A Knowledge Management Concept
The SQI focus on the Client Interface includes the capture of innovation, or Tactical Knowledge, that is created while solving client requirements. David Snowden, of IBM's Knowledge Management Institute, states it this way, “We don't know what we know until someone asks us. The most valuable stuff we know becomes clear as a result of demand.”
The process of interaction with the client produces Tactical Knowledge because they add new Use Case, interactions,interfaces to other technology, prospectives on product usage, etc. The real world is always richer than the product planning view of the world. This is not a failure of the organization just a fact of life.
So how does Tactical Knowledge fit within the general concept of knowledge? The Quality Corner published a great article title “Organizational Improvement Thought a Knowledge Management Approach”(1) The article describes knowledge as follows:
“Knowledge is evidenced in an organization's processes, policies, products and services. It is contextual, ranging in form from explicit (codified) to tactical (know-how). Explicit knowledge can be described as information derived from work products, learning and/or reusable technologies. Explicit knowledge can be described as information derived from work products, learning and/or reusable technologies. Tactical knowledge includes techniques for integrating technologies, experiences and relationships.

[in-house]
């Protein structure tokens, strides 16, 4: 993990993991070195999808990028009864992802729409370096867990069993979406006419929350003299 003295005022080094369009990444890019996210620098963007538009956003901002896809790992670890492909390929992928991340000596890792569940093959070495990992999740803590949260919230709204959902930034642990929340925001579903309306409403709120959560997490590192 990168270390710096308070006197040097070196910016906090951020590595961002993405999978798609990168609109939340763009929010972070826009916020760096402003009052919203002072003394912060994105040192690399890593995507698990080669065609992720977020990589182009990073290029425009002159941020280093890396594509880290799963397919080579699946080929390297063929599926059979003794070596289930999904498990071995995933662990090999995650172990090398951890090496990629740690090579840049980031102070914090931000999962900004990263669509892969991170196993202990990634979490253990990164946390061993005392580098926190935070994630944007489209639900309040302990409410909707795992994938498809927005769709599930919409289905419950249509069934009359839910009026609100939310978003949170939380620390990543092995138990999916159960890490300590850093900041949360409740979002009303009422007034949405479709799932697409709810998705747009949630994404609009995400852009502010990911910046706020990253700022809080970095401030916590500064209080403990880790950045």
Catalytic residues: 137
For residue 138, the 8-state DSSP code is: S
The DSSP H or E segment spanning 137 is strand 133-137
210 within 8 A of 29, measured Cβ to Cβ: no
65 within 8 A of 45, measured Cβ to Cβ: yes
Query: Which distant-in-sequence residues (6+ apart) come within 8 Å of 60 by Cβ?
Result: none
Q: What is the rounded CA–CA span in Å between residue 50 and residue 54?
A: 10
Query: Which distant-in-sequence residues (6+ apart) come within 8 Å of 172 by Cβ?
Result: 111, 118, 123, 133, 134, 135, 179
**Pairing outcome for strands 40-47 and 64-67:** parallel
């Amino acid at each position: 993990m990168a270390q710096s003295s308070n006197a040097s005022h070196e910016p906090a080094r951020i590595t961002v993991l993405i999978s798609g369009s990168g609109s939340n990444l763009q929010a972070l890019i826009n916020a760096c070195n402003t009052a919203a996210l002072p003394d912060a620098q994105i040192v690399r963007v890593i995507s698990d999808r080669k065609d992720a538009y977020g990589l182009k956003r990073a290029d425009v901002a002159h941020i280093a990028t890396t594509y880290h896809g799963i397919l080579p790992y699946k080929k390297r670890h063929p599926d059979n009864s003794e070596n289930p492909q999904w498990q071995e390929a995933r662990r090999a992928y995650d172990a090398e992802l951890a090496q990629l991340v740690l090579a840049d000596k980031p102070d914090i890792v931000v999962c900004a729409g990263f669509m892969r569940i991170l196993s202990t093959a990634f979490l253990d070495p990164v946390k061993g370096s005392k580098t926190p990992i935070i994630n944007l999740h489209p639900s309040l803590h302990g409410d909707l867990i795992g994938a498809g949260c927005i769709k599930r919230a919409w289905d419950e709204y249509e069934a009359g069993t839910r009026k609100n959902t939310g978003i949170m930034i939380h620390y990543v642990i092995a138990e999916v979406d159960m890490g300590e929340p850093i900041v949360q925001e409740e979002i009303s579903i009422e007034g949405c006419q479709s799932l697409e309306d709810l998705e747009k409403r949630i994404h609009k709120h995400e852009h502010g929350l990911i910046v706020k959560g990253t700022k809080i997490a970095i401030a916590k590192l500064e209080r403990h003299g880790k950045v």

The effective management and appropriate application of knowledge can impact the growth of an organization positively; however, these forms of "intellectual capital" often go unrecognized as institutional assets.”
Figure 1: Tactical Knowledge
Tactical Knowledge is created during the process of crafting a solution to a complex or unique client requirement. This usually involves a senior staff member who is a product expert with extensive industry experience. The expert finds a way to combine product features with external resources in a way that has not been done before. The result is a new solution – Tactical knowledge – that did not exist prior to the client demand.
From Specific to General
While the need to invest in staff capable of creating Tactical Knowledge – highly skilled support, Field Application Engineers, Systems Engineers and Professional Services – is a given if Economic Quality is to be archived, it is critical to a firms profitability that complex requirements are solved only once.
Here is the issue. In some cases Tactical Knowledge is created for a specific, one time client requirement.
Figure 1: Contributed Knowledge
In others Tactical Knowledge is created for the first instance observed by the firm of a more general market requirement. To be successful it is critical that the second instance of the general requirement has access to the Tactical Knowledge created in the first. And the by the third occurrence of the requirement that the solution is now Explicit Knowledge within the firm.
This process of transforming Tactical Knowledge into Explicit Knowledge is generally referred to as Knowledge Management (KM). And, KM is a central part of SQI's Client Interface Environment which drives the creation of Knowledge Capital. See Contributed Knowledge for the specifics of this process.